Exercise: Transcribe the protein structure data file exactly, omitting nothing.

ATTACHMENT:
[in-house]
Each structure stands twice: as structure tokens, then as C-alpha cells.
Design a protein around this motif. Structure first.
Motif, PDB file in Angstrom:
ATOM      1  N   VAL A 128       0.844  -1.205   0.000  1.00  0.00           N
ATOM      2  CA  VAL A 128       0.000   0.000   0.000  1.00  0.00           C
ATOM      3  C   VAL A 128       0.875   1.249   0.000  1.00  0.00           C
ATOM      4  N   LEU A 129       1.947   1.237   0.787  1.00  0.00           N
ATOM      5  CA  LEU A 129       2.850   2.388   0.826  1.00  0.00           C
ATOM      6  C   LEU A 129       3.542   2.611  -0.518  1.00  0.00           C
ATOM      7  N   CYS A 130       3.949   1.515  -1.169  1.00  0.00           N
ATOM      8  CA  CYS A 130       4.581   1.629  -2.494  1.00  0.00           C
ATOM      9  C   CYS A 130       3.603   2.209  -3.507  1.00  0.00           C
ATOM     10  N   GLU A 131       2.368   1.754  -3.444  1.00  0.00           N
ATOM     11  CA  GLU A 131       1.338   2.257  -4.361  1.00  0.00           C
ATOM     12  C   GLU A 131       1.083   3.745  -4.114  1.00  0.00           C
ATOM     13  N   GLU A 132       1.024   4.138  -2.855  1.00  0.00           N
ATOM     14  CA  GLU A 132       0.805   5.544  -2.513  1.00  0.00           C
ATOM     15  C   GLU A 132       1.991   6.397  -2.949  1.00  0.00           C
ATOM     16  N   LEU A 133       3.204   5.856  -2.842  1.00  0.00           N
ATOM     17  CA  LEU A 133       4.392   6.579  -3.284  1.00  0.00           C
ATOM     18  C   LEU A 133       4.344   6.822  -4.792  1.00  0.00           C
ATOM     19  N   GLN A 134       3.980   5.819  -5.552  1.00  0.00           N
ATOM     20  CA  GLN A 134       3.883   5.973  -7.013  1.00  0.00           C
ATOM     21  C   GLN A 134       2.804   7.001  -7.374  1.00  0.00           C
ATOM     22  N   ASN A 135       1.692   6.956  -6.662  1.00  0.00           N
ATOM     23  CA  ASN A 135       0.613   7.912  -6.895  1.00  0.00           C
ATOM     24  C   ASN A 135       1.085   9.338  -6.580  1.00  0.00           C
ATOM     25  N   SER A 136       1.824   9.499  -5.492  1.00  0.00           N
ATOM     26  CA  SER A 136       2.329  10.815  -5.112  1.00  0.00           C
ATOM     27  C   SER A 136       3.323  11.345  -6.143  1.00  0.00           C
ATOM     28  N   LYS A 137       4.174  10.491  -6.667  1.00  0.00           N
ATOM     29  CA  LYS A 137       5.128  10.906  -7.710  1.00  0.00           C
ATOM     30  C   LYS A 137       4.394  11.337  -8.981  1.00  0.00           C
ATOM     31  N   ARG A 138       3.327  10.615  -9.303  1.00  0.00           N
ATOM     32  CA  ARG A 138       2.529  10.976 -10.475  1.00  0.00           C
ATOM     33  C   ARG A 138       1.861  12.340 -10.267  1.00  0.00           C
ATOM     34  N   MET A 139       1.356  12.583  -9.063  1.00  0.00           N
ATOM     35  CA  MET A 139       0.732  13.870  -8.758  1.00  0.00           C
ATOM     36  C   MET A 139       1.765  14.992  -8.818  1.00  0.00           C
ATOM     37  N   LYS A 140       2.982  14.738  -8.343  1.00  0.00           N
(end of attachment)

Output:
[in-house]
Each structure stands twice: as structure tokens, then as C-alpha cells.
Design a protein around this motif. Structure first.
Motif, PDB file in Angstrom:
ATOM      1  N   VAL A 128       0.844  -1.205   0.000  1.00  0.00           N
ATOM      2  CA  VAL A 128       0.000   0.000   0.000  1.00  0.00           C
ATOM      3  C   VAL A 128       0.875   1.249   0.000  1.00  0.00           C
ATOM      4  N   LEU A 129       1.947   1.237   0.787  1.00  0.00           N
ATOM      5  CA  LEU A 129       2.850   2.388   0.826  1.00  0.00           C
ATOM      6  C   LEU A 129       3.542   2.611  -0.518  1.00  0.00           C
ATOM      7  N   CYS A 130       3.949   1.515  -1.169  1.00  0.00           N
ATOM      8  CA  CYS A 130       4.581   1.629  -2.494  1.00  0.00           C
ATOM      9  C   CYS A 130       3.603   2.209  -3.507  1.00  0.00           C
ATOM     10  N   GLU A 131       2.368   1.754  -3.444  1.00  0.00           N
ATOM     11  CA  GLU A 131       1.338   2.257  -4.361  1.00  0.00           C
ATOM     12  C   GLU A 131       1.083   3.745  -4.114  1.00  0.00           C
ATOM     13  N   GLU A 132       1.024   4.138  -2.855  1.00  0.00           N
ATOM     14  CA  GLU A 132       0.805   5.544  -2.513  1.00  0.00           C
ATOM     15  C   GLU A 132       1.991   6.397  -2.949  1.00  0.00           C
ATOM     16  N   LEU A 133       3.204   5.856  -2.842  1.00  0.00           N
ATOM     17  CA  LEU A 133       4.392   6.579  -3.284  1.00  0.00           C
ATOM     18  C   LEU A 133       4.344   6.822  -4.792  1.00  0.00           C
ATOM     19  N   GLN A 134       3.980   5.819  -5.552  1.00  0.00           N
ATOM     20  CA  GLN A 134       3.883   5.973  -7.013  1.00  0.00           C
ATOM     21  C   GLN A 134       2.804   7.001  -7.374  1.00  0.00           C
ATOM     22  N   ASN A 135       1.692   6.956  -6.662  1.00  0.00           N
ATOM     23  CA  ASN A 135       0.613   7.912  -6.895  1.00  0.00           C
ATOM     24  C   ASN A 135       1.085   9.338  -6.580  1.00  0.00           C
ATOM     25  N   SER A 136       1.824   9.499  -5.492  1.00  0.00           N
ATOM     26  CA  SER A 136       2.329  10.815  -5.112  1.00  0.00           C
ATOM     27  C   SER A 136       3.323  11.345  -6.143  1.00  0.00           C
ATOM     28  N   LYS A 137       4.174  10.491  -6.667  1.00  0.00           N
ATOM     29  CA  LYS A 137       5.128  10.906  -7.710  1.00  0.00           C
ATOM     30  C   LYS A 137       4.394  11.337  -8.981  1.00  0.00           C
ATOM     31  N   ARG A 138       3.327  10.615  -9.303  1.00  0.00           N
ATOM     32  CA  ARG A 138       2.529  10.976 -10.475  1.00  0.00           C
ATOM     33  C   ARG A 138       1.861  12.340 -10.267  1.00  0.00           C
ATOM     34  N   MET A 139       1.356  12.583  -9.063  1.00  0.00           N
ATOM     35  CA  MET A 139       0.732  13.870  -8.758  1.00  0.00           C
ATOM     36  C   MET A 139       1.765  14.992  -8.818  1.00  0.00           C
ATOM     37  N   LYS A 140       2.982  14.738  -8.343  1.00  0.00           N